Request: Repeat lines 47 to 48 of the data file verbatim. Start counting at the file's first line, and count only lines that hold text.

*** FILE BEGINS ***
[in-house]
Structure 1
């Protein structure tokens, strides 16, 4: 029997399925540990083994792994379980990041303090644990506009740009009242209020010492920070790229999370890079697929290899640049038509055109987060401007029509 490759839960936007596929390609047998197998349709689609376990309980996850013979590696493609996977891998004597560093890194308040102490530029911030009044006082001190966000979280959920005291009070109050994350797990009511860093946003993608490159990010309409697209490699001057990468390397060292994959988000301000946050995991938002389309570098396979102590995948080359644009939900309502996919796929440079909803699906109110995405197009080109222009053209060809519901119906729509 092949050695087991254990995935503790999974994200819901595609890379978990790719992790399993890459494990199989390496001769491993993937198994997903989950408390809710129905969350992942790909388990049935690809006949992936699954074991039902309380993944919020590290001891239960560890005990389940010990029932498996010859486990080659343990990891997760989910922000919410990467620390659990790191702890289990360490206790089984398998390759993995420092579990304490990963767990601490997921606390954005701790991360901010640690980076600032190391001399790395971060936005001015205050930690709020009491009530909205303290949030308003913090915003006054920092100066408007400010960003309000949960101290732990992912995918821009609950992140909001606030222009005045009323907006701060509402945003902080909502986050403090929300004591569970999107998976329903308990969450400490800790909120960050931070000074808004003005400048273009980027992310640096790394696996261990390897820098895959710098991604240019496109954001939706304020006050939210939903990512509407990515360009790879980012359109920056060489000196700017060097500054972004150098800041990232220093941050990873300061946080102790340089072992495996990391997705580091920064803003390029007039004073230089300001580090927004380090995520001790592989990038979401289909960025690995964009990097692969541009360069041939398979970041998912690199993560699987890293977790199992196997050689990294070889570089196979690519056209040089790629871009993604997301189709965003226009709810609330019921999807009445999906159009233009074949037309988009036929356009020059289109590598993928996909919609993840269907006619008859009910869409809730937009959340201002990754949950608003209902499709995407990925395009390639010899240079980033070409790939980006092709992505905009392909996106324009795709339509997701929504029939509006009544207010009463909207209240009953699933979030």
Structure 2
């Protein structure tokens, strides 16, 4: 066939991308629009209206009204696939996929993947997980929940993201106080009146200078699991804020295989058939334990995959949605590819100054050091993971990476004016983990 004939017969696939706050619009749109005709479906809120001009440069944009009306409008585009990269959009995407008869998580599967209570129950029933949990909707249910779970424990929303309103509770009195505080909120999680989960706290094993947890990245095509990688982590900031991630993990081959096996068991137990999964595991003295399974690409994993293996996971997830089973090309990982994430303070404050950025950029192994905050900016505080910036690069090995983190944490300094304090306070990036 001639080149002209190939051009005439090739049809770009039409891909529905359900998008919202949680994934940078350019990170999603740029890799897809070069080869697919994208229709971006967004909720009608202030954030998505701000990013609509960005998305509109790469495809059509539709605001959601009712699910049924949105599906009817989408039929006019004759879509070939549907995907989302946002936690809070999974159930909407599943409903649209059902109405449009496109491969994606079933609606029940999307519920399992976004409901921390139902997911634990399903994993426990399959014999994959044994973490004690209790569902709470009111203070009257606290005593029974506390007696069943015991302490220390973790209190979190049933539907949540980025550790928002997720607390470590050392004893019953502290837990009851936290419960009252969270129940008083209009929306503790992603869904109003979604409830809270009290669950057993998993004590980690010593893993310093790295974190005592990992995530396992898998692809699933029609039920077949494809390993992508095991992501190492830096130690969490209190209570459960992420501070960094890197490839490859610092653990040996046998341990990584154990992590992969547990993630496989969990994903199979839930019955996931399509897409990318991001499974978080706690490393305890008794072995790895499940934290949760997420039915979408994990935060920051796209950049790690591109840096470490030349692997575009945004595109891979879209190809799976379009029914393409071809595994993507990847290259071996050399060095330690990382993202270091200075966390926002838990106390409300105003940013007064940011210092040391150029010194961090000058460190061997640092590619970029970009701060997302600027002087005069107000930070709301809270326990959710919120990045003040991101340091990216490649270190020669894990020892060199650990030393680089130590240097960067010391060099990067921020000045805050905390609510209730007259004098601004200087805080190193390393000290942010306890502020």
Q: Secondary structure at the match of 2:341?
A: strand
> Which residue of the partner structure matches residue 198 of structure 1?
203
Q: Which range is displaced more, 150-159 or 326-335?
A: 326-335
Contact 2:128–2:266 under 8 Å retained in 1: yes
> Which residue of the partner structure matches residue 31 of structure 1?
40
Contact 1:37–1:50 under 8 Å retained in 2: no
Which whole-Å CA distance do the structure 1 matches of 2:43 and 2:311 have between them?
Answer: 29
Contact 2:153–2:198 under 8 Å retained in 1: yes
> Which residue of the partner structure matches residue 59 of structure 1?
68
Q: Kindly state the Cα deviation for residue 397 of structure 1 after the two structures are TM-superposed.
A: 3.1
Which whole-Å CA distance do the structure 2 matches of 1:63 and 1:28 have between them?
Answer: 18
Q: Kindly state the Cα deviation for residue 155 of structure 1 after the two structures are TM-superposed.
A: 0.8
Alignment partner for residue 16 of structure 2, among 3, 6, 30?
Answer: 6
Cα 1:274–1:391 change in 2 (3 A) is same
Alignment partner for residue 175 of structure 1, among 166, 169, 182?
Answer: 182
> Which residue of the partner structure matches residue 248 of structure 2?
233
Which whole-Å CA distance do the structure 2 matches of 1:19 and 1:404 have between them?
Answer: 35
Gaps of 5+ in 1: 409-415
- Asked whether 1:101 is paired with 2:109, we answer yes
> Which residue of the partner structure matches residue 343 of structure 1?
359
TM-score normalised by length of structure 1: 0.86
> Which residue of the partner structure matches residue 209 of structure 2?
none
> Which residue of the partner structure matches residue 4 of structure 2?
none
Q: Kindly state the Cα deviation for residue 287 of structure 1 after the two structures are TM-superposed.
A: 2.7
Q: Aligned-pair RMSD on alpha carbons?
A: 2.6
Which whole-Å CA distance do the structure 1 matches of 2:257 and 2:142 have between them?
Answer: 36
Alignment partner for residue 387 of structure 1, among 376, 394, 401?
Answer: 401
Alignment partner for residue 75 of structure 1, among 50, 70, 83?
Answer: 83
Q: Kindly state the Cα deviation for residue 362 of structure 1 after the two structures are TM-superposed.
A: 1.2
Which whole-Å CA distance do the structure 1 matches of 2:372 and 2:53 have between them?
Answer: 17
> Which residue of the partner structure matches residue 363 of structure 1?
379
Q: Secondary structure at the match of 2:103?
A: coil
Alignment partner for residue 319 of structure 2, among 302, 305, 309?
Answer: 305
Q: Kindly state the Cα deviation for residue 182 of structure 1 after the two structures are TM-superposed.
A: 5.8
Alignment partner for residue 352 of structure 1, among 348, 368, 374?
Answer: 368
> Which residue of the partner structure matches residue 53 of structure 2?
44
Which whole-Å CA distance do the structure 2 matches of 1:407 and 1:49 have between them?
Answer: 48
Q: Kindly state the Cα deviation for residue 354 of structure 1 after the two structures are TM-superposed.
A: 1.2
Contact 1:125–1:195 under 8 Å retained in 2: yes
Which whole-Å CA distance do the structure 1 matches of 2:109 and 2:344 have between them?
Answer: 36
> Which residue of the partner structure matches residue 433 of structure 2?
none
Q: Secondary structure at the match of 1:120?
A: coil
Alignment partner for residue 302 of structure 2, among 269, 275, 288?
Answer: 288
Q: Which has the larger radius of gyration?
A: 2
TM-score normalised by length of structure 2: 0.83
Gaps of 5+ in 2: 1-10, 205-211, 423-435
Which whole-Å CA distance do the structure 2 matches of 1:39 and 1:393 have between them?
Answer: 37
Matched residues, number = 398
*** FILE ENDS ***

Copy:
Q: Aligned-pair RMSD on alpha carbons?
A: 2.6